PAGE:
11th August 1999
Alderney experienced a total eclipse of the sun
Alderney was the focus of global astronomical attention on 11 August 1999 when it experienced a total solar eclipse. It was the first total eclipse of the sun visible in any part of the UK since 1927.
Several hundred eclipse watchers had travelled to Alderney specifically for the event, while others watched from cross-Channel ferries, which had dropped anchor off shore for the event.
According to the BBC’s Eclipse 1999 web coverage,
People crammed on the tiny Channel Island of Alderney hoping for a better view. Some 10,000 visitors had filled the island to bursting point. Among them were a group of astronomers who were viewing the eclipse using special telescopes and instruments.
The epicentre of the eclipse, where the moon appears to perfectly cover the disc of the sun, started in Boston in the United States. It travelled at around 2000mph across the globe towards Europe. It crossed Cornwall on its way towards the Channel Islands before proceeding across France and Germany towards Bulgaria, Romania and, eventually, India.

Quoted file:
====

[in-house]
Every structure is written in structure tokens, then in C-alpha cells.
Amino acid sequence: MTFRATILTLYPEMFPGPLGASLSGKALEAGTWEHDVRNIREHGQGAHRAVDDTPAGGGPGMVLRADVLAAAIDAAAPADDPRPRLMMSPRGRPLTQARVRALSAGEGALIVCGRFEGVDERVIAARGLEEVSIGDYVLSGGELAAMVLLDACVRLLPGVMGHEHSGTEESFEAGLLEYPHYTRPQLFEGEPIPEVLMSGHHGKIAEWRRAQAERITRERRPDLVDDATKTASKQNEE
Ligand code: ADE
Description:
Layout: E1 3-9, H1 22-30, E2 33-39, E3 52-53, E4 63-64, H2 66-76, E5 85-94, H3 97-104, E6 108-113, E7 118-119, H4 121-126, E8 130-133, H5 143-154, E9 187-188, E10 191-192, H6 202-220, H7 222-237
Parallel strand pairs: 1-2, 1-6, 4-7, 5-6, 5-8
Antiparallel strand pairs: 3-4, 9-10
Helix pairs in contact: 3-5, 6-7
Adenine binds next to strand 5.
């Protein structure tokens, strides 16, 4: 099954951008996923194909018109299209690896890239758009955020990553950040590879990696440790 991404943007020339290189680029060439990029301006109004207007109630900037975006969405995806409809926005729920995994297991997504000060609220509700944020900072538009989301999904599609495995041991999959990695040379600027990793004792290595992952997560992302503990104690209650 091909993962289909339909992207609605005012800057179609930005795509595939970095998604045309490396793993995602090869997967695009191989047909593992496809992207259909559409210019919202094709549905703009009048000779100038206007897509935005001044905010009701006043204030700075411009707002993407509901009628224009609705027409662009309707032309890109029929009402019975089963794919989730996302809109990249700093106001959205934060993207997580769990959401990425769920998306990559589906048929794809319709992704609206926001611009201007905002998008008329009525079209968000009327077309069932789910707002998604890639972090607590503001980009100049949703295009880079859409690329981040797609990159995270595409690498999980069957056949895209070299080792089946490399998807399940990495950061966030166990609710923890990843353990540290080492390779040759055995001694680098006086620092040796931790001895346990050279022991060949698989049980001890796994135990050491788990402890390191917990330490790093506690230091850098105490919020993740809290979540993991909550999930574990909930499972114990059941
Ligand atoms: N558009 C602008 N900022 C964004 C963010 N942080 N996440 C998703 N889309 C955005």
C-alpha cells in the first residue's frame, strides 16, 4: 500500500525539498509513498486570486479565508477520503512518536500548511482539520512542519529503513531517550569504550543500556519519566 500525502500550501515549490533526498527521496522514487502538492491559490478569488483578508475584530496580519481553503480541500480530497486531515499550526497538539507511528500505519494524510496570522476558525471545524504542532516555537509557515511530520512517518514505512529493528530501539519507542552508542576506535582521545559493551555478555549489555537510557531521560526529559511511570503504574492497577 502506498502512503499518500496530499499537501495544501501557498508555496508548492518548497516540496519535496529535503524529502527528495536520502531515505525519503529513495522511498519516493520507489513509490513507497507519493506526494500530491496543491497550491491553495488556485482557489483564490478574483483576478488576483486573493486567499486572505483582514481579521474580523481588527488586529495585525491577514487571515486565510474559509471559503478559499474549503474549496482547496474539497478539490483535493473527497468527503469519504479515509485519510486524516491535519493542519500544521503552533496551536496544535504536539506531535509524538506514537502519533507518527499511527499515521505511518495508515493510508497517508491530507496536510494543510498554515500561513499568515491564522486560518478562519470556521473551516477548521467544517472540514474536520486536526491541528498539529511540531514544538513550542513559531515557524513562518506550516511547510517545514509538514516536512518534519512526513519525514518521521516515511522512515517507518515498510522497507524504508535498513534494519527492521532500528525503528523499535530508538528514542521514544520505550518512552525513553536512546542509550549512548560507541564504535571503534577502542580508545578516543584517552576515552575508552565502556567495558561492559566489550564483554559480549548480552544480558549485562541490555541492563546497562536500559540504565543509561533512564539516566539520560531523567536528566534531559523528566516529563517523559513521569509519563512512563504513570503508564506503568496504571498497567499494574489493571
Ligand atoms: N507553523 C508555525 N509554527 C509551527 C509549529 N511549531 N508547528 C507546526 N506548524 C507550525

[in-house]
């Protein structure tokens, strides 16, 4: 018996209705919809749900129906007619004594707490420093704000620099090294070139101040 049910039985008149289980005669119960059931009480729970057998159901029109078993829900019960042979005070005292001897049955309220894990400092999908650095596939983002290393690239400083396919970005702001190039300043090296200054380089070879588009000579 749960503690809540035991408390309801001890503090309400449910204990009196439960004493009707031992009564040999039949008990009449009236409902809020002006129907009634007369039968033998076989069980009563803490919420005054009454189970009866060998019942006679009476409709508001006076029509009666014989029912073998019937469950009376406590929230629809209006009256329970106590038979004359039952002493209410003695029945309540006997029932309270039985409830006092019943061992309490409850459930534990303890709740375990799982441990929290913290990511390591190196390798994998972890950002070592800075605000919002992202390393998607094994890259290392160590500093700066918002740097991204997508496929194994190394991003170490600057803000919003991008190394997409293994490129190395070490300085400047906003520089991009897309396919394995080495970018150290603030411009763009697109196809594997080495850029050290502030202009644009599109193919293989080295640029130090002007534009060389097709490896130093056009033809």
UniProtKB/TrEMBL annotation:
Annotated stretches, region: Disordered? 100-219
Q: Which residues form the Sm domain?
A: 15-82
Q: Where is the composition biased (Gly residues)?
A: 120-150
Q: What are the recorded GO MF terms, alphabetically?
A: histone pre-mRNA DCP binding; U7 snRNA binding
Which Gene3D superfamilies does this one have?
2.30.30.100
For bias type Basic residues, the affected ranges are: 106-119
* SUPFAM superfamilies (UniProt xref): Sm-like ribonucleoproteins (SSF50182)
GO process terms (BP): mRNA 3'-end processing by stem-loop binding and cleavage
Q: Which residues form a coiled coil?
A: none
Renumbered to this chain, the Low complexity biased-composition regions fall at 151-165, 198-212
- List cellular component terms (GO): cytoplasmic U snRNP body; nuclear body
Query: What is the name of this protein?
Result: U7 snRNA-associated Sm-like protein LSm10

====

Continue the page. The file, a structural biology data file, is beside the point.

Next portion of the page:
A second eclipse
Alderney fell within the path of a partial solar eclipse almost exactly 18 years later. On 21 August 2017, much of North America was within the path of the total eclipse. On that occasion, Alderney residents were lucky enough to see a small bite taken out of the sun when it reached the Channel Islands.
Guernsey Post issued a series of heat-sensitive stamps to commemorate the 2017 eclipse that depicted the sun’s appearance from six coastal locations. Designed by Guernsey-based agency, The Potting Shed, they used thermodynamic ink that became transparent when exposed to heat – such as when pressed by a finger. When the ink disappeared, it revealed the unobscured sun.
Alderney appeared on the 80p stamp. The other locations depicted were Vancouver (44p), Miami (59p), Bermuda (60p), Dakar (73p) and Andyr, Russia (90p).